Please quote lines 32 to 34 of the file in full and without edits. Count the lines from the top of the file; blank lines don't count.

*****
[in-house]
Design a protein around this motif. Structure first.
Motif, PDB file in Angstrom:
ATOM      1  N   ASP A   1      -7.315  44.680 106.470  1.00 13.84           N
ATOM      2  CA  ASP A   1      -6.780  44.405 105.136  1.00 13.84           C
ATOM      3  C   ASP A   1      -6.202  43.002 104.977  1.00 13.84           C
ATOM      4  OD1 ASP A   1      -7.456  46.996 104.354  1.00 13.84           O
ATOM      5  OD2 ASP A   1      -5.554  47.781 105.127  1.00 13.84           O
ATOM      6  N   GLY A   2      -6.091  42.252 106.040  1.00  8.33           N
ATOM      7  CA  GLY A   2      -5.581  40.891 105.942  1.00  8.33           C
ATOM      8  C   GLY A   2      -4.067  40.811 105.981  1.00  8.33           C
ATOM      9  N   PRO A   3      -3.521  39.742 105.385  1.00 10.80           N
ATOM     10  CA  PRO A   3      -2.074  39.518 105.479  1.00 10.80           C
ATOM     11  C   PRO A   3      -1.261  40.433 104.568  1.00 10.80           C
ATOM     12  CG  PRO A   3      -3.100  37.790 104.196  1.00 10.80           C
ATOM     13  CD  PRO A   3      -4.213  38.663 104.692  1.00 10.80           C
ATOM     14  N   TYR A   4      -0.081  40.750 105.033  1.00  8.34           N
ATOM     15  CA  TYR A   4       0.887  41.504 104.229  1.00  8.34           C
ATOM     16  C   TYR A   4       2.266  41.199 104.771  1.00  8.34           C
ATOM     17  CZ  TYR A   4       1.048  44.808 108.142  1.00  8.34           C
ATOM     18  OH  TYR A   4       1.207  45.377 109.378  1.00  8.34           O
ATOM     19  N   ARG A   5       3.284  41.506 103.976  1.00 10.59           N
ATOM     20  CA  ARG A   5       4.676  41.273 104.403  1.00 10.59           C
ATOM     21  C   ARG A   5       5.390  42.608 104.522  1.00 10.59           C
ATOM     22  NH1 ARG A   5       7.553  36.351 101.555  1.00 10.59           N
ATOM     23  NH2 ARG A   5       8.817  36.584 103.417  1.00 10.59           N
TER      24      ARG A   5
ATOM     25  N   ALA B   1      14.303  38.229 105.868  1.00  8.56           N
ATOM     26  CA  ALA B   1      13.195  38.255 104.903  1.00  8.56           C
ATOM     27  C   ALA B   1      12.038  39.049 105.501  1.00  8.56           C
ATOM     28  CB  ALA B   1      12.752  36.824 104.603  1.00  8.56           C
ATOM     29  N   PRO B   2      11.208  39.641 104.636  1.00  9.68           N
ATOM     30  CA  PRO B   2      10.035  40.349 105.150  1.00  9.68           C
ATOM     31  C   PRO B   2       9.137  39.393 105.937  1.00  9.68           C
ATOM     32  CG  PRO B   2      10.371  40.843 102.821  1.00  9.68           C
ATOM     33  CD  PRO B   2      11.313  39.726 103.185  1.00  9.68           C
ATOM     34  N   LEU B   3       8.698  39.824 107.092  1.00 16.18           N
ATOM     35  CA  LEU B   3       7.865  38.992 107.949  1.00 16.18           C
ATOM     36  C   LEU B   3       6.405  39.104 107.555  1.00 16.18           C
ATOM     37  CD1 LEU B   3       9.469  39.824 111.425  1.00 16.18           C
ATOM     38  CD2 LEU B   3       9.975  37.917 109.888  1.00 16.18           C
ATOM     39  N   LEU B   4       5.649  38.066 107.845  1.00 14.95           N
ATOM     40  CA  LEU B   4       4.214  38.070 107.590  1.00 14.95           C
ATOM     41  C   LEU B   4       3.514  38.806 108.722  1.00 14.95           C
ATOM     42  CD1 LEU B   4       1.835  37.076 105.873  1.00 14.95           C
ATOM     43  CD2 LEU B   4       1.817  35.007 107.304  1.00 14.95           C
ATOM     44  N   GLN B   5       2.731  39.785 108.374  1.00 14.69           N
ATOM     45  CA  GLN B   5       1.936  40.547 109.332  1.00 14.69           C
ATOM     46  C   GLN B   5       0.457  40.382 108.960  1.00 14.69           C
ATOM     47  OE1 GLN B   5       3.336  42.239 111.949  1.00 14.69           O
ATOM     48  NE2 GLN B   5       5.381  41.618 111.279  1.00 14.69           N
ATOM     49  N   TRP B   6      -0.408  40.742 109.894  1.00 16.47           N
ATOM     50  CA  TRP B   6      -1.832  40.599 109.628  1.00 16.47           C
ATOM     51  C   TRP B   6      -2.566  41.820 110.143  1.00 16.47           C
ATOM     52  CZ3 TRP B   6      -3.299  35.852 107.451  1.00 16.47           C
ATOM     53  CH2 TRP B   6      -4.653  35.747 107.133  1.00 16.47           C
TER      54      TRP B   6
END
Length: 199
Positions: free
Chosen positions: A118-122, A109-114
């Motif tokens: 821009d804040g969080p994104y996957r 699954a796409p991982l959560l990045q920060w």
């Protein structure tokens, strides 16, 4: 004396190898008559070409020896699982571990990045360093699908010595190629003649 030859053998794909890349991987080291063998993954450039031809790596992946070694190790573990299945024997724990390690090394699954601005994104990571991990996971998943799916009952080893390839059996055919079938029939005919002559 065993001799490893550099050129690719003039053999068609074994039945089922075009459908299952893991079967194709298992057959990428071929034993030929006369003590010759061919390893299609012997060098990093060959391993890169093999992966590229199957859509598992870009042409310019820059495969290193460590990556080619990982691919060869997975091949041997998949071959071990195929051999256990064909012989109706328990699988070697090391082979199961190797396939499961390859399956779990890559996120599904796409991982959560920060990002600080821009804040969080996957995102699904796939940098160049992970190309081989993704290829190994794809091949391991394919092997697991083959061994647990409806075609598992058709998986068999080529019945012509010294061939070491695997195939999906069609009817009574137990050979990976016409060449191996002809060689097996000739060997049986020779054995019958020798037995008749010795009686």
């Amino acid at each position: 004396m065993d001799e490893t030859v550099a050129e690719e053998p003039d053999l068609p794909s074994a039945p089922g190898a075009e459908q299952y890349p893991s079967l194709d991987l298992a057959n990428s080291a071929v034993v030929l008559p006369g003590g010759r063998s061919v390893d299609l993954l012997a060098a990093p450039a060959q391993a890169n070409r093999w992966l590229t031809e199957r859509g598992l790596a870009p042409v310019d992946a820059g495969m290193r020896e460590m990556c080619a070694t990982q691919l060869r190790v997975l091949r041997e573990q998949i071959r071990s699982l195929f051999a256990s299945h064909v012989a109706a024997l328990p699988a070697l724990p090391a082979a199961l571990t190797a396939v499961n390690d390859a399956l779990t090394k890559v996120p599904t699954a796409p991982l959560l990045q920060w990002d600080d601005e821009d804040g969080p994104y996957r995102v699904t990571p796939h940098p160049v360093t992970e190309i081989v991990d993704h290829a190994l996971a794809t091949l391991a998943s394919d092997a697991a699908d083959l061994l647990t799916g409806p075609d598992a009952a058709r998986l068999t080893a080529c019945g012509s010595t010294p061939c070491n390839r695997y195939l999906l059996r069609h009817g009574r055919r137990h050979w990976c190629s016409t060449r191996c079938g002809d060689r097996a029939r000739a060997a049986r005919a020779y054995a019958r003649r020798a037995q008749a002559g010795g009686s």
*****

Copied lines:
ATOM     29  N   PRO B   2      11.208  39.641 104.636  1.00  9.68           N
ATOM     30  CA  PRO B   2      10.035  40.349 105.150  1.00  9.68           C
ATOM     31  C   PRO B   2       9.137  39.393 105.937  1.00  9.68           C